call me ishmael said...

Barrow-boys' freemasonry, that's nice.

Rightwinggit said...

Oi dairy, are you callin me hackney?

You've already got a dicky strawberry, do you want to end up brown?

Stay lucky....

yardarm said...

I think, I stand to be corrected, that the gay slang was called parlare.

Interesting post, as always, Mr Ish, or should I say, Mr Lillian Gish. Old man Yardarm is Romany and still uses the lingo: chav just meant, originally, child. Mrs Yardarm is as cockney as they come and has never uttered a word of slang in our years together.

PT Barnum said...

Gay slang was called polari, derived from parlare (some Esperanto version of 'talk') but you'll only hear it used ever now by a tiny number of glorious old queens in their 90s who claim they knew Quentin Crisp when he had his clothes on. It was both necessary for safety (uttering secret code words in cottages meant you were less likely to get kicked to death) but also fun to use. A dead language now, past its use by date. As is Cockney (not to be confused with Mockney, its now dominant form), but both languages were really about performance, not communication, so yes, barrow boys and their ilk would use it, but it was hardly the stuff of ordinary pub talk.

Down in the Smoke said...

Do me a faver, Sun. Oo do ya fink we are. Fuckin feme park attractions for Boris's torist trade? I was dragged up in the East end and i neva herd no cunt talking abowt climbing the appals and pares or cleaning me ampsted eefs, but discuss slippin a lengf to a sort from over the river or avin a right touch on the nags and now weer talkin. Those perly Kings an Queens are our version of villig idiots. Humered and sent for by ski noos wen the opinion of the sort of the erf is asked for.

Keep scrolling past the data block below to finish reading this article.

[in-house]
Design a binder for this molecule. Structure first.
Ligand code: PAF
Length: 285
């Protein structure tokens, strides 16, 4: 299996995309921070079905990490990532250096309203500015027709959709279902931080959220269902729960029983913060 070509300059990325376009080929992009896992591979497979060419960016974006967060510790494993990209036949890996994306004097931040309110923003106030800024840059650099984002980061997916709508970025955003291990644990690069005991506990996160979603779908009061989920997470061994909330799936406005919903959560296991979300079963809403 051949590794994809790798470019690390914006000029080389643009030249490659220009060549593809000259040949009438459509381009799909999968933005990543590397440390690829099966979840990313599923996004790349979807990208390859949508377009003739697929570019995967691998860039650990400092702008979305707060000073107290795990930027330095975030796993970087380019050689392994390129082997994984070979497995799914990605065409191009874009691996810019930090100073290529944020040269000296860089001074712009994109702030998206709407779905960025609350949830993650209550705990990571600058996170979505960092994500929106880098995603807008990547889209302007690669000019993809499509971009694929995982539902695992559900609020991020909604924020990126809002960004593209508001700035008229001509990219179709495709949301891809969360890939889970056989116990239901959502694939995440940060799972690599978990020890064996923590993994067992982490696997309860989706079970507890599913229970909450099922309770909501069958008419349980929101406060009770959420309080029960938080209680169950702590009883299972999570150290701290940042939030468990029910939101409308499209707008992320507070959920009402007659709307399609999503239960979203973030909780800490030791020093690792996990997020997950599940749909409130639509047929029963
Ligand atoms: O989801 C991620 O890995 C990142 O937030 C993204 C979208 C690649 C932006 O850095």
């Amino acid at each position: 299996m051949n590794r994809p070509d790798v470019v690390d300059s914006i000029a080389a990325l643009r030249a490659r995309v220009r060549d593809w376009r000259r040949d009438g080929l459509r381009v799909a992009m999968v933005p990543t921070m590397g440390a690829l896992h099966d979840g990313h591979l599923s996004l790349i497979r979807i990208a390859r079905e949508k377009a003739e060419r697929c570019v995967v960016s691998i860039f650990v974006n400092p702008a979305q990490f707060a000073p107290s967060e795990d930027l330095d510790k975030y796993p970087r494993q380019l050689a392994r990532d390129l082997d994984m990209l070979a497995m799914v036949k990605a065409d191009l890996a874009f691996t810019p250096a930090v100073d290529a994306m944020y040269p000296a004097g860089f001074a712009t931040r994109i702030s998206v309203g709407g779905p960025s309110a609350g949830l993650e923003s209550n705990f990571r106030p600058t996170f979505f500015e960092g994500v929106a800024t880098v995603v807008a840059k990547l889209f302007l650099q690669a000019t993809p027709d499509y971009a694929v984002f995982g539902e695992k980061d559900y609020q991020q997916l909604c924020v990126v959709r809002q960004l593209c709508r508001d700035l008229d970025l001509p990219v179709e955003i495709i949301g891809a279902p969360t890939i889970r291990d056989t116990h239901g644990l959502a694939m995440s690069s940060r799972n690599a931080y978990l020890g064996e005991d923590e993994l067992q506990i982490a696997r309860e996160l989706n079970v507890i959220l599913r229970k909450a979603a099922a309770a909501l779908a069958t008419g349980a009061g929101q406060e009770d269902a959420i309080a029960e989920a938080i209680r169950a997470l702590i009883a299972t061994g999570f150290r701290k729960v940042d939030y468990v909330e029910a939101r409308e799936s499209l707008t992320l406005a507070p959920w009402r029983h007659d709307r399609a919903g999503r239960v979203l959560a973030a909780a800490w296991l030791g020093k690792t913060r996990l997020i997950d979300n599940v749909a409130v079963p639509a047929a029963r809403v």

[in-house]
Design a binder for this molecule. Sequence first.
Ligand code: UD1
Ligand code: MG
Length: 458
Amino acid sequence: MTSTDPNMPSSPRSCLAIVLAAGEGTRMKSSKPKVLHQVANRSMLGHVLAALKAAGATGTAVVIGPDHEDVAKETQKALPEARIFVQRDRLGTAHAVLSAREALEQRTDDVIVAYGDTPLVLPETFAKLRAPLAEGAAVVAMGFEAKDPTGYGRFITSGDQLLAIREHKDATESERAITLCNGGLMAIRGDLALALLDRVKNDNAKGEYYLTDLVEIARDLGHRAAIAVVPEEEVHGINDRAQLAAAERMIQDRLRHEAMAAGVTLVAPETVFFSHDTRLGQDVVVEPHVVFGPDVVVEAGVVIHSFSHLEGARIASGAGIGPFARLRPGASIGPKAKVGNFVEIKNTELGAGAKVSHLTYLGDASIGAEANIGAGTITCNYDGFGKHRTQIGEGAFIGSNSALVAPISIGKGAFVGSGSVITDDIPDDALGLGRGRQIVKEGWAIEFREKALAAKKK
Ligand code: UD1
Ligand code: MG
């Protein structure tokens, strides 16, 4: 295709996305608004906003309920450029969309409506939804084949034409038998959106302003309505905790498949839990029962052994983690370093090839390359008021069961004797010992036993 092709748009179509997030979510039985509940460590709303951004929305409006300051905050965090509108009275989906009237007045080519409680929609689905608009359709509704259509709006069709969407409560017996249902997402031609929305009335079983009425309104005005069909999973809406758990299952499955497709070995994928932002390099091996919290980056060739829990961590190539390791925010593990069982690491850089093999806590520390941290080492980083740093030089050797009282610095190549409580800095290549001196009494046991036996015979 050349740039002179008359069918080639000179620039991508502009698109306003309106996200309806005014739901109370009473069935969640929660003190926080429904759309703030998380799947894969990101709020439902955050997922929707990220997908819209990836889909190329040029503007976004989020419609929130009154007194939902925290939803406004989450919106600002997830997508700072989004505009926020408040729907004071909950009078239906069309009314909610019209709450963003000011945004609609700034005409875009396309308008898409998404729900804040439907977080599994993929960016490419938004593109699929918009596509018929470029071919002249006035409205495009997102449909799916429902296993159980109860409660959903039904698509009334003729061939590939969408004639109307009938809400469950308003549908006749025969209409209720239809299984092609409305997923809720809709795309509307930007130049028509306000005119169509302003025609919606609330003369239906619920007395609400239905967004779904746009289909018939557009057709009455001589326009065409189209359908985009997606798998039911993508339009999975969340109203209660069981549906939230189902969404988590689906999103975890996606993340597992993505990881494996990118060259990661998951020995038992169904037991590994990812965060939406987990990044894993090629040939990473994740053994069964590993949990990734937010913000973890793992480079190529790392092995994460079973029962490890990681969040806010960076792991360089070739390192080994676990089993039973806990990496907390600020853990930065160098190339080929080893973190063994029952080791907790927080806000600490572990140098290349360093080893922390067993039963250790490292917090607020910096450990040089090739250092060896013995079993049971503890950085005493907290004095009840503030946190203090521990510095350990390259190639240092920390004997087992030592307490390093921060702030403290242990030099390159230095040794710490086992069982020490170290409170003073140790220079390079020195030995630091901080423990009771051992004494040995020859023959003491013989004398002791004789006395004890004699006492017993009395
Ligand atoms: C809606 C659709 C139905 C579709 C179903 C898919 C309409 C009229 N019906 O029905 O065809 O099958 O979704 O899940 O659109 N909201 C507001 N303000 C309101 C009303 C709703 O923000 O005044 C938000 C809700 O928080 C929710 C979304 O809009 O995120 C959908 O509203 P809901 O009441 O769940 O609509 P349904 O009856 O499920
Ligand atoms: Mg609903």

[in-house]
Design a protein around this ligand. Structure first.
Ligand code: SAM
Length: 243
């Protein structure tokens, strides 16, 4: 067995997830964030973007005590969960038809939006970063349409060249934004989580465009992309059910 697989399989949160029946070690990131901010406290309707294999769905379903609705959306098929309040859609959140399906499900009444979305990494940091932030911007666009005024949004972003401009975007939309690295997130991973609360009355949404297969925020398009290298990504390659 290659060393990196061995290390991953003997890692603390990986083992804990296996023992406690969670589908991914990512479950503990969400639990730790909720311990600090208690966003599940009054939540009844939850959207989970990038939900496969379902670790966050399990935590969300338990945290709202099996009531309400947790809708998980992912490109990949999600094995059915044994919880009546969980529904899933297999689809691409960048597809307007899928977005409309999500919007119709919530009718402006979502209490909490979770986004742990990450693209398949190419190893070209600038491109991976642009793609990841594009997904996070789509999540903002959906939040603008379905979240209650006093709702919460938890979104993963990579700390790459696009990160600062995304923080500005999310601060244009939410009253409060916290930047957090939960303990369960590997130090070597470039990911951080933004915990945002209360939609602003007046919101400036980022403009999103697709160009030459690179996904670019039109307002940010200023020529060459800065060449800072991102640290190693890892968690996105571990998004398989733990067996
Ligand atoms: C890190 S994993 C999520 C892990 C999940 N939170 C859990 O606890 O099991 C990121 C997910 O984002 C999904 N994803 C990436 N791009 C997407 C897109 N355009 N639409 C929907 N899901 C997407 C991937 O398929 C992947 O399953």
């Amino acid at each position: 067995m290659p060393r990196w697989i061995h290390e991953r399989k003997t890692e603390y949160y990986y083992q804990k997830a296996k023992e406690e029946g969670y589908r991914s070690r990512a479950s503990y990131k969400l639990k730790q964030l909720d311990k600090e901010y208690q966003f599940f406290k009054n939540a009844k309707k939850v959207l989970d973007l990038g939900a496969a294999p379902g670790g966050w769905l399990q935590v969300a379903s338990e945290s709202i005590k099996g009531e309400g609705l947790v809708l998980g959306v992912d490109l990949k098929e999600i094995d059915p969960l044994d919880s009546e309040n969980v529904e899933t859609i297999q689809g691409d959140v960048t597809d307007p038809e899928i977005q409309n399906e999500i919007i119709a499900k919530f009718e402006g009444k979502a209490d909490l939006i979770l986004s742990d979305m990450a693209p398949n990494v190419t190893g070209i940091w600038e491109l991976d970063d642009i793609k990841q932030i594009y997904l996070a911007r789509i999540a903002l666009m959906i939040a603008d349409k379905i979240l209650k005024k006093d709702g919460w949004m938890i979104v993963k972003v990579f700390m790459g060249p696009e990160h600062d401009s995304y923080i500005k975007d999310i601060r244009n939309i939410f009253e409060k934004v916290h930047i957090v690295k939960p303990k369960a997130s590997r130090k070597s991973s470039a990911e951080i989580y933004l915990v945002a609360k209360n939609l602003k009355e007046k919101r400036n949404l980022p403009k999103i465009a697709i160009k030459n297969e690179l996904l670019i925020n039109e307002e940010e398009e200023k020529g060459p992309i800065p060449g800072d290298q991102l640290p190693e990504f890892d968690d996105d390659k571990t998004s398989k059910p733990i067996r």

The average cockney nowdays is just as likely to owe his ethnicity to a far away land and be delivering curry's, as runnin a barrer down the market, much as it's always been,living on yer wits, heer in cockneymalia.

Babelfish said...

http://www.rinkworks.com/dialect/

call me ishmael said...

The link is good, its to a dialectizer, amazing, translates into a variety of dialects -Redneck, moron, cockney and so on, very clever but just lacks the idiosyncracy of, say, the pretend chink, Mr jimmy, was it, who used to be on Fawkes.

richard said...

No heated-seat option on the incredible Honda C90 (60 million sold, fast as a race-horse for 80 miles on £3 of petrol) plus a daft euphemism for rectal discomfort. As a result I've learned what "Berk" means. Quite a complex chain of events, if you think about it, including the interesting thread. Paroli is Esperanto for "to talk" by the way, I can speak it a bit. Esperanto, not the gay one.

woman on a raft said...

So threatening to kick someone's April would confuse the red-braced tribe no end.

Word to the wise: if I wanted to confuse someone, I'd substitute the verb 'kick' for something slightly more misleading.

Anonymous said...

Those perly Kings an Queens are our version of villig idiots" When McBroon went to a village in Kent he asked if they had a village idiot?
They yes thanks but you can put your name down on the waiting list if you want.